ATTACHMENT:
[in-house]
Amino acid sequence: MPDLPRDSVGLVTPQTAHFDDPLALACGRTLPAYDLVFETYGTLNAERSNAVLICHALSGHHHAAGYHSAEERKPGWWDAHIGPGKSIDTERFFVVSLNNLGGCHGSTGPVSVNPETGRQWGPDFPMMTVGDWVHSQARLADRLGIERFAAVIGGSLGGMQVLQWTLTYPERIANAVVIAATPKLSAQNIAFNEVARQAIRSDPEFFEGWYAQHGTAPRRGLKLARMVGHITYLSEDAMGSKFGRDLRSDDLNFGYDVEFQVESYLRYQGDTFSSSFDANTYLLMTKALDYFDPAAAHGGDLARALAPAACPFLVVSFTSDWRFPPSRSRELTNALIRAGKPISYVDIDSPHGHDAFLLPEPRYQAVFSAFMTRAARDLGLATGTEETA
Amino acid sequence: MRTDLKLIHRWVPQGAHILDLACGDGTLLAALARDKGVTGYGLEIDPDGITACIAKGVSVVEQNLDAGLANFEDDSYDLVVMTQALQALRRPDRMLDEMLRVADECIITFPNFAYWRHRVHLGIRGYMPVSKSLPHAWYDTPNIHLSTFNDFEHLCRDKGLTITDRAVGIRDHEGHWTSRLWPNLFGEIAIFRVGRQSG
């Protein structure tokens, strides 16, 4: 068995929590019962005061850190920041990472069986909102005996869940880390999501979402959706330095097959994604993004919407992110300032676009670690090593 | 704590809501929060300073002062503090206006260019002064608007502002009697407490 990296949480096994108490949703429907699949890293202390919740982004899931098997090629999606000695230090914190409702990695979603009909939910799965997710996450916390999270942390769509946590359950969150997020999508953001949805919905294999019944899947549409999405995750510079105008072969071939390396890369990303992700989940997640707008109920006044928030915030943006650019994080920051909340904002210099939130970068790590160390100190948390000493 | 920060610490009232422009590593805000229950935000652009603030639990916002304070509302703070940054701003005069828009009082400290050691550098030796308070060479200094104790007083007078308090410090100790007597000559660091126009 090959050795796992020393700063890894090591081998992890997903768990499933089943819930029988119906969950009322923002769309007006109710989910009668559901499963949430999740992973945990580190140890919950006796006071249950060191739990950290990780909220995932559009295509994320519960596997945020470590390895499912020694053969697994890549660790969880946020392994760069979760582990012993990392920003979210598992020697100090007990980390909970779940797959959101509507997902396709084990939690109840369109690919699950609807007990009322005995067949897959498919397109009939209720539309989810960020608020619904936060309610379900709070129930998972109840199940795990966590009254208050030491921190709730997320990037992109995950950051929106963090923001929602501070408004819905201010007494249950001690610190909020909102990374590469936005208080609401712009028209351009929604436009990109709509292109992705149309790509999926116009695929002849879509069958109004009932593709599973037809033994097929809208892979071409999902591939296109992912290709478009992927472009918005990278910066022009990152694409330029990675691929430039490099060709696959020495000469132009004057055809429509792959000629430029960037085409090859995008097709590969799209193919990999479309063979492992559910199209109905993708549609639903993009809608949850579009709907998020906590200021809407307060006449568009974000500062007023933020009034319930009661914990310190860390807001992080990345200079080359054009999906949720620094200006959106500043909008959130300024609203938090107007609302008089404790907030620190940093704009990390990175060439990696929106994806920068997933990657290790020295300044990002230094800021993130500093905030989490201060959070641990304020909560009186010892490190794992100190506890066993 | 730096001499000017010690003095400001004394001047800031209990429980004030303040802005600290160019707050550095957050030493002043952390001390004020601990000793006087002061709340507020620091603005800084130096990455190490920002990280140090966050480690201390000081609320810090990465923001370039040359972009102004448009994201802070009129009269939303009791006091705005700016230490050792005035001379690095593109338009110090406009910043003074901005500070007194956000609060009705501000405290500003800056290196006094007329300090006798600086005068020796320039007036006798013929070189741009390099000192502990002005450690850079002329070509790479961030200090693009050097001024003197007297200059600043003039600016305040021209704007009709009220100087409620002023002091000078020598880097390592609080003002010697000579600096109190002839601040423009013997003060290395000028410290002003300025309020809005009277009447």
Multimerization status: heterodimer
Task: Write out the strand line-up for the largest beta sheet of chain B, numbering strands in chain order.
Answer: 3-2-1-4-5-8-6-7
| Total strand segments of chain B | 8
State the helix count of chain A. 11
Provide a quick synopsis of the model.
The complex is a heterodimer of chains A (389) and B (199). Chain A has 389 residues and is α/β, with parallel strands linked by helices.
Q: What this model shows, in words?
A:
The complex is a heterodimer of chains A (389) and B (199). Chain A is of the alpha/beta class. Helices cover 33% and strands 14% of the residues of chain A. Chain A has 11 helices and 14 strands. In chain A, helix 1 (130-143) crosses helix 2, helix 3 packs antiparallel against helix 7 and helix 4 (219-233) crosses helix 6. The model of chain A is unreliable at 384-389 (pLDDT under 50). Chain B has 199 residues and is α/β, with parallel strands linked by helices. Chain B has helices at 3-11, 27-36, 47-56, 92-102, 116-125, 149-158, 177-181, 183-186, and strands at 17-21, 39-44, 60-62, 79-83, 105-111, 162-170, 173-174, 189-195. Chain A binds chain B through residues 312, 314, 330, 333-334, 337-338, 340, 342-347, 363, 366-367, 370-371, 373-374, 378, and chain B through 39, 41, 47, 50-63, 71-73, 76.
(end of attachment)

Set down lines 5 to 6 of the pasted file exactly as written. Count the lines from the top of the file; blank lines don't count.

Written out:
Multimerization status: heterodimer
Task: Write out the strand line-up for the largest beta sheet of chain B, numbering strands in chain order.